Finding birth family (and corruption) (and love) in India

by Karin on March 19, 2007 · 2 comments

in Adoption, Guest writer

Hi all,

Several weeks ago Karin posted on my behalf as I'd wanted to post anonymously. My daughter did not want her story shared but she now feels differently. As her birth mother has also said she is happy about me sharing their story I am no longer remaining anonymous.

My two youngest children, Akil and Sabila, were taken from their mother by their father in 1996 when aged around 2 and 3 years old. They were sleeping on the pavement in an area of Chennai, India that has recently been associated with child trafficking in the 1990s. Their mum, Sunama, awoke to find her husband and children gone. After spending some time searching she contacted her brother in a distressed state. He helped her return to her hometown. A few days later her husband returned, drunk and telling everyone he'd sold the children to a man in Chennai for $40 US. The father was beaten badly by neighbours and he left town. That was the last Sunama knew of her children until we contacted her 10 years later in mid 2006.

We adopted our children in 1998, understanding them to be relinquished for adoption as their parents were sickly (TB was mentioned) and unable to care for them. My son was around 5 years old and told my friend in India he remembered his father beating him often. In 1999 the director of their orphanage was arrested, though nothing seemed to happen following this arrest. We had been assured that he was a reputable and trustworthy man so this stunned and concerned us. In 2005 when we returned to visit India with our children we asked him to search for the family but as we no longer trusted him we didn't expect results.

A few weeks after our return to Australia this man was arrested again, this time for arranging the adoption of two boys who had been placed in an orphanage for care and not relinquished for adoption. Given this, and our knowledge that other adoption scandals were being uncovered in Chennai, we decided we couldn't trust anything we'd been told about our children. Through my contacts in India and overseas we initiated a search and located Sunama within a couple of months. She remarried and had 5 more children. Her current husband knew about our children as he had known the first husband and the story of the children being sold.

They are a poor, illiterate Moslem family living in a run-down area of Chennai and they welcomed contact. We did all contact through a trusted mediator as we didn't know what situation we'd be walking into and I wanted to protect my children from having two families fighting over them. My kids are happy and positive about being adopted and part of our family but also wanted to know about their first family. We wanted to reassure ourselves everything had been proper in our adoption and nobody had been exploited. When we found out our true situation we felt we needed to do what we could to find the best outcome for everyone.

Yesterday I returned from 2 weeks in India with Akil and Sabila. We met Sunama, Babu and their children on our first day. They were warm and I felt instantly comfortable with them. Sunama kept touching Akil, Sabila and me and then kissing her fingertips in an affectionate gesture. They had written to us through my friend after I had sent them photos. They said "It is so nice to see the children grown up and happy with your family. They are your children now and you have our good wishes." The family invited us to stay with them in their home, so we spent 4 days and 3 nights with them - with no shared language or culture. I know a little about Hindu society but next to nothing about Islam in India. I was hesitant about going off with them but I also recognised it might offer something incredible for my children. After a few minutes I decided we would go, trusting my gut feeling that this family could be trusted.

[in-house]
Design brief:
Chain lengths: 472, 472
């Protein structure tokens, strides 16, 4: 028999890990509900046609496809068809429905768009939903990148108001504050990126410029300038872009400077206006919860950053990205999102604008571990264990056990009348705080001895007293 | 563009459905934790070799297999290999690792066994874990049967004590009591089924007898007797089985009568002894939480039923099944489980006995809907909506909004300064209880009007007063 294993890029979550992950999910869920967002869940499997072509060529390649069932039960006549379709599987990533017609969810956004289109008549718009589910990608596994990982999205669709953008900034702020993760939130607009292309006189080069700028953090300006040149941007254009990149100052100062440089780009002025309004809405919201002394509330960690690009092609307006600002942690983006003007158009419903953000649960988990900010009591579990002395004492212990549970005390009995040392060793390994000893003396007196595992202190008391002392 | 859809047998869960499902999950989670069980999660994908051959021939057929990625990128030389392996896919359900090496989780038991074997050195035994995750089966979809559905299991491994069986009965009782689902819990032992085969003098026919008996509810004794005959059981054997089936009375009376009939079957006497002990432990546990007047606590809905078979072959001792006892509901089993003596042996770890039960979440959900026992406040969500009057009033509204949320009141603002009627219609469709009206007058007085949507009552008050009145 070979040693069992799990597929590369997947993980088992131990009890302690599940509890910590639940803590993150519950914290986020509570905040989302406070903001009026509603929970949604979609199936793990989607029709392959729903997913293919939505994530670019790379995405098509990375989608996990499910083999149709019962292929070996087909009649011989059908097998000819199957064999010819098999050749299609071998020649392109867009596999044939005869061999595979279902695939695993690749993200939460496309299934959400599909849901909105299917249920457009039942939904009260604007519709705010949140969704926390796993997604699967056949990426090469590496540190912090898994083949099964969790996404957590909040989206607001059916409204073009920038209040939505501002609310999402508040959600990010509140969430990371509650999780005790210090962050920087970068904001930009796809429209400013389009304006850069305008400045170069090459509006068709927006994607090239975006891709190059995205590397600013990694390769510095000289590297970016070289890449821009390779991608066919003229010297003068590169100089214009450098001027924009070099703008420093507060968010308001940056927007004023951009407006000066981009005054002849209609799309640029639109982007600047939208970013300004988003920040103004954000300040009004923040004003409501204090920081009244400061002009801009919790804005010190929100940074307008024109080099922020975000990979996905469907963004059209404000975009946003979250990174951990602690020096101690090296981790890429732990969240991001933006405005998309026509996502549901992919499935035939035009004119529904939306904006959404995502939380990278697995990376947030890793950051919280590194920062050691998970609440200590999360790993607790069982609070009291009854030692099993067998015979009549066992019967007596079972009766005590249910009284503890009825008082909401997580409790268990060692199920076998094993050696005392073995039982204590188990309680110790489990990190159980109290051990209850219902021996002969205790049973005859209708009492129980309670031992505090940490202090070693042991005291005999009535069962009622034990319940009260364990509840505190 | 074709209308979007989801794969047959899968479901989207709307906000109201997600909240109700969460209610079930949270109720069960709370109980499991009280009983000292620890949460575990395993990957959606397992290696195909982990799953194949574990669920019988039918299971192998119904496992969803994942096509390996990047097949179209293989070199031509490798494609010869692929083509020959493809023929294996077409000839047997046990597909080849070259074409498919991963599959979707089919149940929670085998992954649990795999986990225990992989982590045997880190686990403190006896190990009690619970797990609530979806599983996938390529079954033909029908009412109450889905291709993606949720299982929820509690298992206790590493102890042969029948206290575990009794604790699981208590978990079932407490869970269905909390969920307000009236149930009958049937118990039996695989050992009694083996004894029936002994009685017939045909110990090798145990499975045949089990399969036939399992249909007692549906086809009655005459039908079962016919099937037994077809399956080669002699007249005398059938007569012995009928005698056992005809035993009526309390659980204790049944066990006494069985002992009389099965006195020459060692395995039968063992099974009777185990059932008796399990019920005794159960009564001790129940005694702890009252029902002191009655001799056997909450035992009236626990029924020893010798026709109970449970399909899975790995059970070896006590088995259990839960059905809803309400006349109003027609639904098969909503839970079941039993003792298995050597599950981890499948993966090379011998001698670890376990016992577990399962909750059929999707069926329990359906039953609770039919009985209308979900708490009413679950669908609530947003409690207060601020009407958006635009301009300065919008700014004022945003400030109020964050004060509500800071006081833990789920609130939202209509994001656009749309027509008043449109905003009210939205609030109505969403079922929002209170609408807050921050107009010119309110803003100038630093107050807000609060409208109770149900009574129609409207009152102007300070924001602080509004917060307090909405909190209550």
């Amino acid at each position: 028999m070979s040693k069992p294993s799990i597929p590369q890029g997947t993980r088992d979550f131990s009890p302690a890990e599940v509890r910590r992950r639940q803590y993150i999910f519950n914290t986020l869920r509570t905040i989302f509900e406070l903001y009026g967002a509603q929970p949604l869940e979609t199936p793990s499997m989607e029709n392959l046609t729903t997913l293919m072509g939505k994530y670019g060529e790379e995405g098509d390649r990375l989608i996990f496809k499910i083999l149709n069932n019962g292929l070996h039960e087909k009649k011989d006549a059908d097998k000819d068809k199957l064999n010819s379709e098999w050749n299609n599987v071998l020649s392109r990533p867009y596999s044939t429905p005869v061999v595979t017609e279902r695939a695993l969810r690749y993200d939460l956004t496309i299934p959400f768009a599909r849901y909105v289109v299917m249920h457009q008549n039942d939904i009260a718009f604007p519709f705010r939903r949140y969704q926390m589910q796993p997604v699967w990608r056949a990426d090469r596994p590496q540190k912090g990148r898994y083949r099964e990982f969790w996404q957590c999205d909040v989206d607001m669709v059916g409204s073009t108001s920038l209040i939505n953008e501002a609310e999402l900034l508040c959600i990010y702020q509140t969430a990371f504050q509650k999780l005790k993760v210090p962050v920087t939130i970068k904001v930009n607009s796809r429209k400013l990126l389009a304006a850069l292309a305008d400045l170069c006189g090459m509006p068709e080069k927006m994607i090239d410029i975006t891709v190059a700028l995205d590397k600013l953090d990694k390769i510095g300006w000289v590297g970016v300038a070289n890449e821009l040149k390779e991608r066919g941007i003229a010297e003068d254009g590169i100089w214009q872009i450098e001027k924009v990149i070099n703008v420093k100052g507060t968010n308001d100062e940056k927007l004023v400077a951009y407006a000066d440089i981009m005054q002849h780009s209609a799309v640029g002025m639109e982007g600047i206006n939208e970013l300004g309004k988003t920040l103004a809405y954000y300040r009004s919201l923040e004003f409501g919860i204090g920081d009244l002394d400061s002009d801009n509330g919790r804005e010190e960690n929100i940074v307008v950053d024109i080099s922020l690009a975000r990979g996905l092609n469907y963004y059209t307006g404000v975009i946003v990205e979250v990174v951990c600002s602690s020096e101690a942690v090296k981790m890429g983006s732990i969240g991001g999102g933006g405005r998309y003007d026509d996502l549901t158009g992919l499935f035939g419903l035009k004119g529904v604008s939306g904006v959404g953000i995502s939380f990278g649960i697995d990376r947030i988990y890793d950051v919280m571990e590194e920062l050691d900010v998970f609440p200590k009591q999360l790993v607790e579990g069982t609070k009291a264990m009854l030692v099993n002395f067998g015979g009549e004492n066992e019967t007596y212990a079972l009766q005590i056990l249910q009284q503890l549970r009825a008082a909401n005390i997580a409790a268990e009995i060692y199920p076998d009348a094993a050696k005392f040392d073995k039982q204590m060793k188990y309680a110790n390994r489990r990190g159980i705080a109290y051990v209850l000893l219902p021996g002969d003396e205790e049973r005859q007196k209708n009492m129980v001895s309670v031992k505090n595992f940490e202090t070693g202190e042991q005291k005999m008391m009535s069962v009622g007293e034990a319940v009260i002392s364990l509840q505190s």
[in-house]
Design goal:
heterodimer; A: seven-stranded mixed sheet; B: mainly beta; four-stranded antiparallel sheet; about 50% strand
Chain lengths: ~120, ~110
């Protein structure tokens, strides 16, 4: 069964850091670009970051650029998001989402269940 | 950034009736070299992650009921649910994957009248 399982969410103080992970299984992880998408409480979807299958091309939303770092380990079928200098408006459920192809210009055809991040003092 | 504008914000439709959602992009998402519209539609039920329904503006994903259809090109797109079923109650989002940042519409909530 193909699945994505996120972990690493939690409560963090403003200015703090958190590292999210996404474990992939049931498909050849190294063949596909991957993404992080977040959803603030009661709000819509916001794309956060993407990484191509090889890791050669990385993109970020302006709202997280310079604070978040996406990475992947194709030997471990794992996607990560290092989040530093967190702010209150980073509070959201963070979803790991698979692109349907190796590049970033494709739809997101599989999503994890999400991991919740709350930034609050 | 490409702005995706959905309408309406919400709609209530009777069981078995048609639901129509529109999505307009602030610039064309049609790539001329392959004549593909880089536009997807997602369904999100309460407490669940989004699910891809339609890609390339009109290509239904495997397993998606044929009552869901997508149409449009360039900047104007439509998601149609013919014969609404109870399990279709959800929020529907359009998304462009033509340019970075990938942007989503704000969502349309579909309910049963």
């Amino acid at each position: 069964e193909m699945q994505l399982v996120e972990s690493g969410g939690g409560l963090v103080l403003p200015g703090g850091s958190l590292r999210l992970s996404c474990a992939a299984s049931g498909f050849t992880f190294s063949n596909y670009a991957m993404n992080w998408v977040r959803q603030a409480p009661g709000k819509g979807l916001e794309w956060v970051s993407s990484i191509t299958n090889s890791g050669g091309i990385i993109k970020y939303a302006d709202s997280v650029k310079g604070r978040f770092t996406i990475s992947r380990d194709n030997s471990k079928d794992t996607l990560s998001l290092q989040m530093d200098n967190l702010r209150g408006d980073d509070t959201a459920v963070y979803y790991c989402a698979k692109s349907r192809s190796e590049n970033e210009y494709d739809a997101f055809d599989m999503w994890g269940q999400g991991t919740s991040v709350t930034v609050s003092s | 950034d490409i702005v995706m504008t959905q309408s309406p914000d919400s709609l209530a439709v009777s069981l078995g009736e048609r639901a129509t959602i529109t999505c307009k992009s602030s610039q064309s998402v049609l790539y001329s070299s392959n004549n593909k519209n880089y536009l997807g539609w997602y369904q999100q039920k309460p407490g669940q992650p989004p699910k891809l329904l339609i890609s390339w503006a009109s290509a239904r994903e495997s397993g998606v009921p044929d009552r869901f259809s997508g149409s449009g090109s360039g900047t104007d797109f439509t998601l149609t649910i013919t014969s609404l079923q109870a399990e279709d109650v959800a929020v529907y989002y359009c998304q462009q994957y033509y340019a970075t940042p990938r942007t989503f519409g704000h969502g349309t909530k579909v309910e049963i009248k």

We spent the first night and day in their home, one concrete room measuring roughly 3 by 5 metres. They have one electric light and a ceiling fan but no plumbing, no water, no floor coverings or furniture except a wooden table (bed for my daughter and myself) and two plastic chairs. Ten of us slept in this room. They are very poor but their welcome and attention was lavish. We were given many honours and shown off to the neighbours and community, who were told that we were overseas visitors who had been sent to stay with them! Sunama told me through my friend that all her neighbours are jealous. The following day we all went to a run-down hotel in a nearby Moslem beach town and we spent three more days alone with the family.

I am struggling to find the words to describe this experience. I can't hope to paint a picture of it by email and I think the only way to get most of it down would be a book. The children and I adore this family and they welcomed us with love. I have promised to stay in contact and to return in two years time. They asked for nothing but we found out that they'd pawned their daughter's nose ring for money so that they could welcome us generously (we are bloated from all the food forced on us). Our families have agreed on a plan that will see their situation improve – something we want to do but were certainly not expected or asked to do.

I have decided to go public, with Sunama, Akil and Sabila's permission, as I have read so many sad stories of families torn apart by exploitation in the name of adoption. Ours instead is a story that shows there is another possible resolution when two families work together for a better outcome.

Julia Rollings at IAT, with permission

{ 2 comments… read them below or add one }

jean March 20, 2007 at 8:47 pm

what an uplifting story. I needed this so much today.

Karin March 20, 2007 at 10:04 pm

What’s up? you can email me, if you want…

I do love the possibilities it opens us up to.

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